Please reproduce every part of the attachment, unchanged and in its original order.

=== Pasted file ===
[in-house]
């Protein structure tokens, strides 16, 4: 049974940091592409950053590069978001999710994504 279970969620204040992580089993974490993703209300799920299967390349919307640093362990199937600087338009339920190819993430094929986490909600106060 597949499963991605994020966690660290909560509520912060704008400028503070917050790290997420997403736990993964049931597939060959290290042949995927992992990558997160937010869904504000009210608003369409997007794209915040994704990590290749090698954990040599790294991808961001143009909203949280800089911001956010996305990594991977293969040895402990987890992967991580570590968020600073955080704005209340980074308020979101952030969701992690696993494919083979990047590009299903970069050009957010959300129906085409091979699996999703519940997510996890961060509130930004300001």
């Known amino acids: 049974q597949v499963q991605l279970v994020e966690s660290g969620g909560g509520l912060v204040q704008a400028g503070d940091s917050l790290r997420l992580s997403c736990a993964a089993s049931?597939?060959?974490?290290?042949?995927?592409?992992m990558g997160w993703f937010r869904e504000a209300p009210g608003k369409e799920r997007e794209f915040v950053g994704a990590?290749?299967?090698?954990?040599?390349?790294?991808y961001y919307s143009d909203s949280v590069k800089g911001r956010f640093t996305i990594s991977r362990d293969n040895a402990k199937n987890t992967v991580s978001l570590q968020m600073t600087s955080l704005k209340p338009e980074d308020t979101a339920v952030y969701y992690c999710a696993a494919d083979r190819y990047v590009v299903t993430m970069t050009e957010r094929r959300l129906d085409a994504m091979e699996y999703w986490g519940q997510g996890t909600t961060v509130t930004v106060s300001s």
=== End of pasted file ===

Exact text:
[in-house]
């Protein structure tokens, strides 16, 4: 049974940091592409950053590069978001999710994504 279970969620204040992580089993974490993703209300799920299967390349919307640093362990199937600087338009339920190819993430094929986490909600106060 597949499963991605994020966690660290909560509520912060704008400028503070917050790290997420997403736990993964049931597939060959290290042949995927992992990558997160937010869904504000009210608003369409997007794209915040994704990590290749090698954990040599790294991808961001143009909203949280800089911001956010996305990594991977293969040895402990987890992967991580570590968020600073955080704005209340980074308020979101952030969701992690696993494919083979990047590009299903970069050009957010959300129906085409091979699996999703519940997510996890961060509130930004300001």
């Known amino acids: 049974q597949v499963q991605l279970v994020e966690s660290g969620g909560g509520l912060v204040q704008a400028g503070d940091s917050l790290r997420l992580s997403c736990a993964a089993s049931?597939?060959?974490?290290?042949?995927?592409?992992m990558g997160w993703f937010r869904e504000a209300p009210g608003k369409e799920r997007e794209f915040v950053g994704a990590?290749?299967?090698?954990?040599?390349?790294?991808y961001y919307s143009d909203s949280v590069k800089g911001r956010f640093t996305i990594s991977r362990d293969n040895a402990k199937n987890t992967v991580s978001l570590q968020m600073t600087s955080l704005k209340p338009e980074d308020t979101a339920v952030y969701y992690c999710a696993a494919d083979r190819y990047v590009v299903t993430m970069t050009e957010r094929r959300l129906d085409a994504m091979e699996y999703w986490g519940q997510g996890t909600t961060v509130t930004v106060s300001s």